Renewables provided nearly 30 per cent of the electricity generated in the UK in 2017, official figures have revealed, as output jumped by a fifth due to high winds and new capacity.

Low-carbon sources accounted for the majority of generation for the first time ever, according to the latest annual Digest of United Kingdom Energy Statistics (DUKES) from the Department for Business, Energy and Industrial Strategy (BEIS).

Renewable output rose by 20 per cent year-on-year to 99TWh. Wind power accounted for almost four fifths of the increase, with onshore generation soaring by 39 per cent to 29TWh and offshore generation swelling by 27 per cent to 21TWh. Solar output climbed 11 per cent to 12TWh.

This was mainly the result of new installations. Onshore wind capacity grew by 18 per cent to 12.8GW and offshore wind capacity by 32 per cent to 7GW. Solar capacity was up 7 per cent at 12.8GW.

Renewable Capacity


Renewables’ share of the generation mix increased by 4.8 percentage points to a new record high of 29.3 per cent. Wind’s share rose by 3.8 percentage points to 14.8 per cent, of which 8.6 per cent came from onshore generation and 6.2 per cent from offshore generation. Solar provided 3.4 per cent.

Despite a 2 per cent fall in nuclear output to 70TWh, generation from all low-carbon sources rose by 4.5 percentage points to 50.1 per cent.

Coal output fell by 27 per cent to 23TWh, lowering its share of output by 2.3 percentage points to 6.7 per cent. Gas generation was down 5 per cent at 137TWh as its share of the total fell by 1.9 percentage points to 40.4 per cent.

The Generation Mix


The carbon intensity of the power grid dropped 15 per cent to 225gCO2/KWh. The figure was down 54 per cent on the 2012 level of 483gCO2/KWh.

There was a 1 per cent fall in the total volume of electricity supplied to UK consumers to 353TWh. Around 96 per cent came from domestic generation which remained broadly flat at 336TWh.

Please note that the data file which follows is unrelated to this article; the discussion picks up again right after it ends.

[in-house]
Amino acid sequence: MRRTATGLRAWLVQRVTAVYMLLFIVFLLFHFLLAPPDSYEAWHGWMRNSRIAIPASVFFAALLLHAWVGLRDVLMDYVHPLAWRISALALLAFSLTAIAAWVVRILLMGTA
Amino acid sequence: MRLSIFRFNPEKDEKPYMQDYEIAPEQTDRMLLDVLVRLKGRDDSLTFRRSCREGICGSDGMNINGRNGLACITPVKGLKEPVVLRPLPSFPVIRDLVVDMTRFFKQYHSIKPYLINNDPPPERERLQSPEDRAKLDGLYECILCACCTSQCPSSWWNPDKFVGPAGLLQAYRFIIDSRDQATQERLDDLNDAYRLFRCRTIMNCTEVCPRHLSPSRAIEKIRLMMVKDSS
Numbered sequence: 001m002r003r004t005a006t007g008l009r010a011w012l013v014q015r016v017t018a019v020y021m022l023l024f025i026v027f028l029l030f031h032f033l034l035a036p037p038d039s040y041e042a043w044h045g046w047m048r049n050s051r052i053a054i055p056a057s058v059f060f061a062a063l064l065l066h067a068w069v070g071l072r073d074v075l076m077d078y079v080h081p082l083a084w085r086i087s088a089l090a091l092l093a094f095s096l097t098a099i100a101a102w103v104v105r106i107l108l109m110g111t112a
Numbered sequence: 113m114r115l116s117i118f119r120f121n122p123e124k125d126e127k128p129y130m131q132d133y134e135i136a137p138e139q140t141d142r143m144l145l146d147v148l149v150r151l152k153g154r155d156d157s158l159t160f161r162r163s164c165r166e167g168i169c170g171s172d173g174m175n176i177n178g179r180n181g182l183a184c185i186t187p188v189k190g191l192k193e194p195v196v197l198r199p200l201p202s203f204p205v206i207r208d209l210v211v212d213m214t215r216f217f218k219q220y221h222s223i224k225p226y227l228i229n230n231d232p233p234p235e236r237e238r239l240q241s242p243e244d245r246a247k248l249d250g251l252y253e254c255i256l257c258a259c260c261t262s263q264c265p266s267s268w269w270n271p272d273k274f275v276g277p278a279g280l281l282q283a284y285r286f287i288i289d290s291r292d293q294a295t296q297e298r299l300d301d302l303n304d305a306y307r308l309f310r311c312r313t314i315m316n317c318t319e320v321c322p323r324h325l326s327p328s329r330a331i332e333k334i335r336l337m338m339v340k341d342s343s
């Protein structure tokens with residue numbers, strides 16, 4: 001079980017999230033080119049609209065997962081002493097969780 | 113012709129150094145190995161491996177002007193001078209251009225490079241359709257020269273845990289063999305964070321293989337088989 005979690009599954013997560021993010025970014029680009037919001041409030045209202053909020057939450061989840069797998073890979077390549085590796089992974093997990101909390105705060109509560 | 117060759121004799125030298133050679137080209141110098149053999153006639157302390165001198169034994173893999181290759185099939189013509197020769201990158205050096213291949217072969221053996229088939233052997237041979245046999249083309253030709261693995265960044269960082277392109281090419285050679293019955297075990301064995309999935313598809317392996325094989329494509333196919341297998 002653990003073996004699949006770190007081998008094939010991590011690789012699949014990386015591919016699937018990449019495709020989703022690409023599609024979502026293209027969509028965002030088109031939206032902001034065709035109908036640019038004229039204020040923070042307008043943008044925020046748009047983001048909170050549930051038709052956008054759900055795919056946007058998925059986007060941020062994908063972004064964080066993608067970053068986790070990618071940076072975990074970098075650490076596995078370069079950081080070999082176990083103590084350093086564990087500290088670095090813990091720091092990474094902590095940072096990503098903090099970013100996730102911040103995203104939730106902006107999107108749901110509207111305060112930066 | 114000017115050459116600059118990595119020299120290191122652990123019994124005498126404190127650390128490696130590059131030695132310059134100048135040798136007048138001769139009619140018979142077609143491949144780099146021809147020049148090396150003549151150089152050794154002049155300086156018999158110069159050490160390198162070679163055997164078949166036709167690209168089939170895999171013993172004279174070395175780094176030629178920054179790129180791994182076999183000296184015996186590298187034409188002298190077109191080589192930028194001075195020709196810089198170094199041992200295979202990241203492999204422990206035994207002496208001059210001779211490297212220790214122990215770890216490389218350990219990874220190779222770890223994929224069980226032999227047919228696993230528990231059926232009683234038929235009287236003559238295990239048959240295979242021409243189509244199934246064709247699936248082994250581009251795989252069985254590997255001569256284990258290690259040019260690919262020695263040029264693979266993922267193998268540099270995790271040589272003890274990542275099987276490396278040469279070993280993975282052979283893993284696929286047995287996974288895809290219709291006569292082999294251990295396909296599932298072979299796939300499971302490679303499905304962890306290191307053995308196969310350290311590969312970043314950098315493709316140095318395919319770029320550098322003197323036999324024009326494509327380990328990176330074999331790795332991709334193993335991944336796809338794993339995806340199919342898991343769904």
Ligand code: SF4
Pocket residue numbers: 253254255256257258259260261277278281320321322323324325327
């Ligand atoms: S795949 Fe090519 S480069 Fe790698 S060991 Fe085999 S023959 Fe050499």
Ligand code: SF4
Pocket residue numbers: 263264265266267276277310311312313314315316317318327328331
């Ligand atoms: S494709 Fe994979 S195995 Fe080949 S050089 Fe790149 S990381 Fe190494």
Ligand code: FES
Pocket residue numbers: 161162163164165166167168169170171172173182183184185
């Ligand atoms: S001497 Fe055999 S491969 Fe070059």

The total capacity of all UK generators increased by 4 per cent to 81.3GW.

“[These] record figures demonstrate how fast renewable energy is transforming the way we generate power to create an energy system fit for the future,” said Renewable UK executive director Emma Pinchbeck.

“This is a radical shift, and we will see ever more low-cost renewables meeting flexible demand from homes, electric vehicles and new manufacturing processes and industries.”

She continued: “It’s great to see that the UK’s cheapest power source, onshore wind, is making such a significant contribution to the nation’s power needs. So it’s baffling that government is still excluding new onshore wind projects from the market place.

“Opinion polls show that two-thirds of people think ministers should change their current policy and allow onshore wind to go ahead where it has local support, and most Conservative voters agree with them”.

Energy UK chief executive Lawrence Slade, said: “Such extraordinary progress in such a short space of time shows what can be done with a clear policy direction and the right framework to encourage investment and innovation.

“We welcome recent announcements from the government on future contracts for difference auctions and the Crown Estate on potentially expanding offshore wind sites.

“But we want to go further and faster and achieve greater benefits, as outlined in our recent paper on the future of the electricity market reform programme. And if we are to make the transition to low carbon at the lowest cost we must ensure there is an effective route to market for solar and onshore wind.”

The effects of the withdrawal of government support for onshore wind were evident in a new report from Wind Europe published this week, which showed 4.5GW of new wind capacity was installed across the continent over the first half of 2018.

The UK once again dominated the offshore arena, accounting for around 0.9GW of the roughly 1.1GW which was installed across the continent. However, a meagre 13MW of onshore wind capacity was built in Britain during the period.

Germany, by comparison, built more than 1.6GW of onshore wind capacity, putting it in first place overall and for onshore wind installations specifically.